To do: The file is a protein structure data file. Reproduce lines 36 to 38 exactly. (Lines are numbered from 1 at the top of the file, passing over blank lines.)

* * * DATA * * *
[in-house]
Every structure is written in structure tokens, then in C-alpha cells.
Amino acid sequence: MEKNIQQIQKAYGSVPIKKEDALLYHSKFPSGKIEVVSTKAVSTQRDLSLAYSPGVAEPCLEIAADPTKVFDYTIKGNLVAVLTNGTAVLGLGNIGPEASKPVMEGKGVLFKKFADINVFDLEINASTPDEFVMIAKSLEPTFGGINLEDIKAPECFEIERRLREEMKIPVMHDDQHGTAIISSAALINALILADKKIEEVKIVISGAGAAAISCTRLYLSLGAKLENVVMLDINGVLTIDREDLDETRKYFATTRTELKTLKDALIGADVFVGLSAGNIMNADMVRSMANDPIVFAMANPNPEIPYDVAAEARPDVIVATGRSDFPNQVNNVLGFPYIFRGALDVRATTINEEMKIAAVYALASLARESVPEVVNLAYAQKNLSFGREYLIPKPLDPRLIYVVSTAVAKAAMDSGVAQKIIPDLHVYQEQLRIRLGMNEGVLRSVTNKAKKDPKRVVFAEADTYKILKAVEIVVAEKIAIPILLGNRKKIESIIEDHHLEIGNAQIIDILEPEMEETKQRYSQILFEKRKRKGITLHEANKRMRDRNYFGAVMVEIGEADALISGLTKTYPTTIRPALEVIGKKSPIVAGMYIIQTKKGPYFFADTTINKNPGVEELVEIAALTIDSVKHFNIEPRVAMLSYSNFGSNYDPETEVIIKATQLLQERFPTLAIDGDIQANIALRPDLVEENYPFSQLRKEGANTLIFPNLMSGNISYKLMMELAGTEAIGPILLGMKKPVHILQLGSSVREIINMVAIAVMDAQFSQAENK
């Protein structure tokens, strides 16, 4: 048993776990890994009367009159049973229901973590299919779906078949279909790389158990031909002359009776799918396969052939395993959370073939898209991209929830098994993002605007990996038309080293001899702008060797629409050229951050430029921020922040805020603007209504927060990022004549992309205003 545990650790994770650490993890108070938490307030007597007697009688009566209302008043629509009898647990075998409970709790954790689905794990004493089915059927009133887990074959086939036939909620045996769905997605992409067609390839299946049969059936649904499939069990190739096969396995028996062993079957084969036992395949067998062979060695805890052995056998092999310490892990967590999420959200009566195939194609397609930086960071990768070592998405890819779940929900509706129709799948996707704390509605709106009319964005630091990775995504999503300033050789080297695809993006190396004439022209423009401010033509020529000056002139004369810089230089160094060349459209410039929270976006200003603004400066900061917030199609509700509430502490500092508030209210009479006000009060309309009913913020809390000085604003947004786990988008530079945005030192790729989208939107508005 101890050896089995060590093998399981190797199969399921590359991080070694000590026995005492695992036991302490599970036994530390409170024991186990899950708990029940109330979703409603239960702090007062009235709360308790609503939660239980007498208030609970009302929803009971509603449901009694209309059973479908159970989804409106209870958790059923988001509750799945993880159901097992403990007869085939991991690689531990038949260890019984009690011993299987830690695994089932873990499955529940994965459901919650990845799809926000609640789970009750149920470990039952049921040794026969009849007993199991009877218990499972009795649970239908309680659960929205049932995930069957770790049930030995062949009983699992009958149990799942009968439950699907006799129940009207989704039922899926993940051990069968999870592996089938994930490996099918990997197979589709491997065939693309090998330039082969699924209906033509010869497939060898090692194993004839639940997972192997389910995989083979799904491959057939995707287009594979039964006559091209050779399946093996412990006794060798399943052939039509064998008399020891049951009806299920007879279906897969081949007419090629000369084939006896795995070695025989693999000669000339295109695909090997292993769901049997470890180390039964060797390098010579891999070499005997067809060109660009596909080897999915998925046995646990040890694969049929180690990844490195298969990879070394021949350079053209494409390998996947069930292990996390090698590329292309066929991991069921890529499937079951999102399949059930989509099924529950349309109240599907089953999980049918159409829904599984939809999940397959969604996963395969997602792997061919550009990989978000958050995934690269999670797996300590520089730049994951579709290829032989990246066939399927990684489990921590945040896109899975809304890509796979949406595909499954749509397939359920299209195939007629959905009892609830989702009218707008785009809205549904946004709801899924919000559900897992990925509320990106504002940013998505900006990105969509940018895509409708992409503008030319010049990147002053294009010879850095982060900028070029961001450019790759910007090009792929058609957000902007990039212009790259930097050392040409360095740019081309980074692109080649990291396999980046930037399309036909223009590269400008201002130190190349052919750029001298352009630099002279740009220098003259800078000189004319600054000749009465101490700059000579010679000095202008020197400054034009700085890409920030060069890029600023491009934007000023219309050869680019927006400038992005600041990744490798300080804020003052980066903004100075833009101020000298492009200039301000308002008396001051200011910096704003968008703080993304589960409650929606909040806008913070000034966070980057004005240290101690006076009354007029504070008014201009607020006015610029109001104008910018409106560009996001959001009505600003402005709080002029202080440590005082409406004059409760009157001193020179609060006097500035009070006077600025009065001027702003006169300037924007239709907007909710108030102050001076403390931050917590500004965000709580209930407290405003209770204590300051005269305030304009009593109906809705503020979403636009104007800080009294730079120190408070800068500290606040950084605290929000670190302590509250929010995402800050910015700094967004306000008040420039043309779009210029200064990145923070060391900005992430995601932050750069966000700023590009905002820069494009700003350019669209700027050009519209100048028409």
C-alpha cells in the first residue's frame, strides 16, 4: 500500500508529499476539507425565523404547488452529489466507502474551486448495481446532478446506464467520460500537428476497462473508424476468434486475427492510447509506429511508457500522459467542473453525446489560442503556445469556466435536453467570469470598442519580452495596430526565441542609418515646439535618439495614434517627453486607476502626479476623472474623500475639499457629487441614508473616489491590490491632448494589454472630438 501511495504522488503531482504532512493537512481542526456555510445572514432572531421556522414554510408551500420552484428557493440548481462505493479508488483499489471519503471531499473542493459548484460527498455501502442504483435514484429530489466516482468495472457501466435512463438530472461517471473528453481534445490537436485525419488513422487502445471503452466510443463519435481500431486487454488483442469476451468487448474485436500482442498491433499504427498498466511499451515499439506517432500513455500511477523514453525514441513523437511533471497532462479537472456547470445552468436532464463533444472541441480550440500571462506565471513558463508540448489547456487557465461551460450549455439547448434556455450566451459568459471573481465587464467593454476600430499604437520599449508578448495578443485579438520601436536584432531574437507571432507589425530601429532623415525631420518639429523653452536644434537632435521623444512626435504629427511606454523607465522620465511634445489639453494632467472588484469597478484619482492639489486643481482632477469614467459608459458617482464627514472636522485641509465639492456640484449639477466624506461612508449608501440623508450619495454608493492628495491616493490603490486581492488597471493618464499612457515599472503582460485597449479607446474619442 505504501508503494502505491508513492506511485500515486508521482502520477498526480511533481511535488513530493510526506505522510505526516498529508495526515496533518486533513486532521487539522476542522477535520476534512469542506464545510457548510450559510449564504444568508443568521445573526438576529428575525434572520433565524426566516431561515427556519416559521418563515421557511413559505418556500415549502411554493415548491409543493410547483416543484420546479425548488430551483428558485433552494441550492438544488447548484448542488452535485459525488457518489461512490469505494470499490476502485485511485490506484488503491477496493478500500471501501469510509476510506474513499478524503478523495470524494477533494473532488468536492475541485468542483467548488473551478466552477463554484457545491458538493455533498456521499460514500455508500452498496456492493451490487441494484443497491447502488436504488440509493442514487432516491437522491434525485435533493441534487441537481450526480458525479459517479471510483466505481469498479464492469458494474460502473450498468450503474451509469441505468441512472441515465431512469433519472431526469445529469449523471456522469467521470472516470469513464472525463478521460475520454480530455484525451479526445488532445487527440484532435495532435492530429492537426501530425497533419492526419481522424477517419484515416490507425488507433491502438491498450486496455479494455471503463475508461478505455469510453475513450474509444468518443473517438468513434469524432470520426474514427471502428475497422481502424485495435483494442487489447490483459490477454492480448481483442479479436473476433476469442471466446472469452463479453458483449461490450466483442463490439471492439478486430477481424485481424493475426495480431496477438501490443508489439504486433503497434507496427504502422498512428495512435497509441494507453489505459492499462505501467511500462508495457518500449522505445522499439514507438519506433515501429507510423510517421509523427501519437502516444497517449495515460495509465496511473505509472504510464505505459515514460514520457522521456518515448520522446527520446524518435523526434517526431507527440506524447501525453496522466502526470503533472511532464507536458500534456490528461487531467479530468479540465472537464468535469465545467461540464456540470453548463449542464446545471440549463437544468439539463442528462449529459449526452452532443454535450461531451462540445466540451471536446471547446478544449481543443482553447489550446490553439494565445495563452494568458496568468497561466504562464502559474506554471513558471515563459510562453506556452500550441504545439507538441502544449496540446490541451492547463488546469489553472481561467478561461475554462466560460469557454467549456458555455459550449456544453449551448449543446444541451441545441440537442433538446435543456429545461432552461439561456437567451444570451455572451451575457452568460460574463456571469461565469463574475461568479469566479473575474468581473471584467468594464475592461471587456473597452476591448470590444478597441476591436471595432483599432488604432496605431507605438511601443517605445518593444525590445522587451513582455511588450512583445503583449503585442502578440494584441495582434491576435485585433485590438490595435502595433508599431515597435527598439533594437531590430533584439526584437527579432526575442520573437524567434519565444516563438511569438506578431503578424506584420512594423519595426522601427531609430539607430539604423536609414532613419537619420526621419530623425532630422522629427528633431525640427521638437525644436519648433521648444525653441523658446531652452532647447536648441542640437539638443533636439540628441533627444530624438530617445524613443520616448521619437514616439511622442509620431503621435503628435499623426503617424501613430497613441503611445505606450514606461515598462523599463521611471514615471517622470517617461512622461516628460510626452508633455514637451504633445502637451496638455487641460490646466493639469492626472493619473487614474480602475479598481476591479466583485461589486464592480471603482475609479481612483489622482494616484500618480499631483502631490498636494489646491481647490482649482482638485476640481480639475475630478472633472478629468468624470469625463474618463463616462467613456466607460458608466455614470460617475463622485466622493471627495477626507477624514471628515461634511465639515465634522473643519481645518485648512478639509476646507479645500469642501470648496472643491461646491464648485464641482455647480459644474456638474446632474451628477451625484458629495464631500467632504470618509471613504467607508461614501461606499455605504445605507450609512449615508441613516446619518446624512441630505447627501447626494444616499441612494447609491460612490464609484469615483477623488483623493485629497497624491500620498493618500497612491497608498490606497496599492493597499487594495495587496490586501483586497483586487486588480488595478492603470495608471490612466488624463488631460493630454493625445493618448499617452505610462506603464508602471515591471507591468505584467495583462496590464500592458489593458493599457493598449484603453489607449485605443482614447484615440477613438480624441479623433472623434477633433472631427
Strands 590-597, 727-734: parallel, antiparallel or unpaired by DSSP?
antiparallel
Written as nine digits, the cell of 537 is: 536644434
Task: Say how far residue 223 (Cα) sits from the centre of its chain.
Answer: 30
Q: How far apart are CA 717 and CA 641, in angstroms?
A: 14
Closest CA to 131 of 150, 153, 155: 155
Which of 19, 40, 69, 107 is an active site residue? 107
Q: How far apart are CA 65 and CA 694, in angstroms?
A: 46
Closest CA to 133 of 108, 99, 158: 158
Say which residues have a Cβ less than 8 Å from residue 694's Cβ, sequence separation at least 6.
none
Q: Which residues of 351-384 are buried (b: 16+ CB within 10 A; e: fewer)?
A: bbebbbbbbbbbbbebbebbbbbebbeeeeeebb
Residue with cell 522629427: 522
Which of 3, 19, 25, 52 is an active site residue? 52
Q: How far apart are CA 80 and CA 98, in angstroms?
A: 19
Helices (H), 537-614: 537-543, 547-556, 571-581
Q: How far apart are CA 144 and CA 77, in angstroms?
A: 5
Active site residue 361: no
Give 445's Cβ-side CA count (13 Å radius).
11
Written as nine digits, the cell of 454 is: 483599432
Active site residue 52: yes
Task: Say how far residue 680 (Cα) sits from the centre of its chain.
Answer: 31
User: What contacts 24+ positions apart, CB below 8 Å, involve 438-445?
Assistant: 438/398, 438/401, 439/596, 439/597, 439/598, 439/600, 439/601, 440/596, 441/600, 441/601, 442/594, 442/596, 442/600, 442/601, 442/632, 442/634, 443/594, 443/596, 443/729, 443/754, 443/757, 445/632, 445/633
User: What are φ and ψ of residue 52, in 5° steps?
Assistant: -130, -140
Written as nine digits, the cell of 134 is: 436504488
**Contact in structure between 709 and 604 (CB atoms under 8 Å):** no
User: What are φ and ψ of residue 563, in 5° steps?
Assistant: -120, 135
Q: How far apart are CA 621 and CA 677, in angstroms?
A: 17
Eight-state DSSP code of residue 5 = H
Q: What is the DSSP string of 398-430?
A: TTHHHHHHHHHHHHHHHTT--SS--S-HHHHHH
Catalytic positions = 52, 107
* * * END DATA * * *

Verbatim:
User: What contacts 24+ positions apart, CB below 8 Å, involve 438-445?
Assistant: 438/398, 438/401, 439/596, 439/597, 439/598, 439/600, 439/601, 440/596, 441/600, 441/601, 442/594, 442/596, 442/600, 442/601, 442/632, 442/634, 443/594, 443/596, 443/729, 443/754, 443/757, 445/632, 445/633
User: What are φ and ψ of residue 52, in 5° steps?